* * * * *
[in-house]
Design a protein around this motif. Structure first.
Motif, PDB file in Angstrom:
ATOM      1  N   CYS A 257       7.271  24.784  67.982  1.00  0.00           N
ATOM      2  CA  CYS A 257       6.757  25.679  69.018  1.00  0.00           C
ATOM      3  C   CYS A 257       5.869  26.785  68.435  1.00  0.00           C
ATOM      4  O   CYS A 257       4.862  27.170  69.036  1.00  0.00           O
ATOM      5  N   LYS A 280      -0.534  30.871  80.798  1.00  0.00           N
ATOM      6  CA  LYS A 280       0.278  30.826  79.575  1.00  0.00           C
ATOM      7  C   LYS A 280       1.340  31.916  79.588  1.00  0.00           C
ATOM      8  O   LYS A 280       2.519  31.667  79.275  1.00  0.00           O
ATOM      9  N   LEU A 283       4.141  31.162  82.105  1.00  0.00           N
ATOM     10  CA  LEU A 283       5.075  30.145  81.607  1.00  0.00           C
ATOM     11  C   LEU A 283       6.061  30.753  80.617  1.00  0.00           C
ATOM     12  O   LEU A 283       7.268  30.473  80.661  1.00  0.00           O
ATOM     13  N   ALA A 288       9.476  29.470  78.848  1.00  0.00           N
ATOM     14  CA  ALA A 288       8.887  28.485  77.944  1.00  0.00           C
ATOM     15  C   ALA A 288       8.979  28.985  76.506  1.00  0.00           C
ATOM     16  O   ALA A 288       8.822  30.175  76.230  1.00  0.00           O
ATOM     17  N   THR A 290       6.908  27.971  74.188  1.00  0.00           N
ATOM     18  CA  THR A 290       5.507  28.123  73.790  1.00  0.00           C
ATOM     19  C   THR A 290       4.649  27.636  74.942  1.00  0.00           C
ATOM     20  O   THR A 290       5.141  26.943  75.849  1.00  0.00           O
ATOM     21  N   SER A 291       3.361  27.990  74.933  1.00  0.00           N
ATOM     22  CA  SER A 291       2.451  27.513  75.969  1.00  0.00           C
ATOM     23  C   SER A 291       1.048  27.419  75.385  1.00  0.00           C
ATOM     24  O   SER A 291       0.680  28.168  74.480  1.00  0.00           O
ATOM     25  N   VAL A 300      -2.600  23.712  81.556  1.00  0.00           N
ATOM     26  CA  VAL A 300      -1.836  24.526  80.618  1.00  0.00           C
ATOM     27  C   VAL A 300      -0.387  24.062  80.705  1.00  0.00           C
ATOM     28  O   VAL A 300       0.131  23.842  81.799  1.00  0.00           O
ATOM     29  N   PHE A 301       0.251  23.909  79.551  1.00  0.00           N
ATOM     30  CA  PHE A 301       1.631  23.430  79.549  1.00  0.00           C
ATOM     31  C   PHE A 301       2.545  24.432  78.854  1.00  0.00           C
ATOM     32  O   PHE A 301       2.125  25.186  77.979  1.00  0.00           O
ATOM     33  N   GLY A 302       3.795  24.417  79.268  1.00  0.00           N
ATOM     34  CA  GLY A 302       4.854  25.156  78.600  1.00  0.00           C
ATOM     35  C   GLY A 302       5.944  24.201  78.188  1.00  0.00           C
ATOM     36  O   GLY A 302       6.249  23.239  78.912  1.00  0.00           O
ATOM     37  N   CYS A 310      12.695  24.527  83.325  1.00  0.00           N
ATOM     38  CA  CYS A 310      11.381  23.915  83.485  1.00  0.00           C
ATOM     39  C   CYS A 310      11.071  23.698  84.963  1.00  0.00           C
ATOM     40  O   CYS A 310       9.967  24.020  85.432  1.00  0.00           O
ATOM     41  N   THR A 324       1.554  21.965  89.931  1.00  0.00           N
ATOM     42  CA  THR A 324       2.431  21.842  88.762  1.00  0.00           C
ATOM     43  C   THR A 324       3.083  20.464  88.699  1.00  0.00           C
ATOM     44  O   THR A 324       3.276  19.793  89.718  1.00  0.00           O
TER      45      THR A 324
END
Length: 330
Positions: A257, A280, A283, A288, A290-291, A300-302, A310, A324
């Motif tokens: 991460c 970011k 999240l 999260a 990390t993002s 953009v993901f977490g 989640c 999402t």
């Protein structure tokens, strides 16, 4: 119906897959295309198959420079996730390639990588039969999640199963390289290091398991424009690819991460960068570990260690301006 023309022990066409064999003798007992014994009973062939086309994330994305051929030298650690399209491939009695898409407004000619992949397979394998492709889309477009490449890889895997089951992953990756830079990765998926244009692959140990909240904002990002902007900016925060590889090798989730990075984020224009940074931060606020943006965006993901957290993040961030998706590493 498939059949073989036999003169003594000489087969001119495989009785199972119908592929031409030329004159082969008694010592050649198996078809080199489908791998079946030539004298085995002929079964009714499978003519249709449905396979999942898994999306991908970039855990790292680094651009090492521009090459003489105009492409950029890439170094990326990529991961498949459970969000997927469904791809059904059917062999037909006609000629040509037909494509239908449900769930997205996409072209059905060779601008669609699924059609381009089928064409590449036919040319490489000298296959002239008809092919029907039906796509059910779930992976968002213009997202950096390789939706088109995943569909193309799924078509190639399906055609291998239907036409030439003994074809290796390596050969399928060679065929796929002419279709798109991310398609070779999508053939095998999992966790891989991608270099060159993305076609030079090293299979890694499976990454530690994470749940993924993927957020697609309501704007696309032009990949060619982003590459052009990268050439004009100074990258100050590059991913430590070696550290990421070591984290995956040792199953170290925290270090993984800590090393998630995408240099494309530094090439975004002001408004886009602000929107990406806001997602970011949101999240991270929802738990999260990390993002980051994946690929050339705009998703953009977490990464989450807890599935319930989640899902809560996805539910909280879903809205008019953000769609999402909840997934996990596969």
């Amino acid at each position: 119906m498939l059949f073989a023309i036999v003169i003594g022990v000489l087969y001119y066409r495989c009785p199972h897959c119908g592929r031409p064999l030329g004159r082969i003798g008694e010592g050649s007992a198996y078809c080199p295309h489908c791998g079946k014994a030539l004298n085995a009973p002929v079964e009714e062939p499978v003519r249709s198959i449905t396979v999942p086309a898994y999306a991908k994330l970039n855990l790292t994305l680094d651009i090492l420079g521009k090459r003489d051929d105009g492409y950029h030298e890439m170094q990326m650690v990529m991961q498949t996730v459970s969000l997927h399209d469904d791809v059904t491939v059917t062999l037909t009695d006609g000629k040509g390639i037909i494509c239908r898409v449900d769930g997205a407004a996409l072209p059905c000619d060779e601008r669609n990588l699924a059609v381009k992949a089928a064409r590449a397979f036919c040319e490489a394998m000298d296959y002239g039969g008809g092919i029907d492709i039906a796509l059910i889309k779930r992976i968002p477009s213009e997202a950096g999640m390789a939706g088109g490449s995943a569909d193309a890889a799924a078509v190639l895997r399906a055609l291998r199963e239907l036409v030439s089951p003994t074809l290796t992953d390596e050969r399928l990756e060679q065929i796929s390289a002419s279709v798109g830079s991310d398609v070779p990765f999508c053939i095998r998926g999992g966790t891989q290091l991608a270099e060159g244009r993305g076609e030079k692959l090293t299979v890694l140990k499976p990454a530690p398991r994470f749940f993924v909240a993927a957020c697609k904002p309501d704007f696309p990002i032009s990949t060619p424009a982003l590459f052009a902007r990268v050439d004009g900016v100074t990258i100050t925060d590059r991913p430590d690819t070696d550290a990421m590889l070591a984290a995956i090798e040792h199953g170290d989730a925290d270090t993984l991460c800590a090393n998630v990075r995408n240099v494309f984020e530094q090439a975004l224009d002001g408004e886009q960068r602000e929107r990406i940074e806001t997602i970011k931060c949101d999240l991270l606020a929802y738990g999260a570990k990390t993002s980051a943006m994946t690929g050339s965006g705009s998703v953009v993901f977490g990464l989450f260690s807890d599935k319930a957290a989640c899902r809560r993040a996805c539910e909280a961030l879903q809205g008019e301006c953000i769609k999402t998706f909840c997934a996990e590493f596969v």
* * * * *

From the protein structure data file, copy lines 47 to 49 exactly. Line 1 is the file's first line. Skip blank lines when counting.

ATOM     44  O   THR A 324       3.276  19.793  89.718  1.00  0.00           O
TER      45      THR A 324
END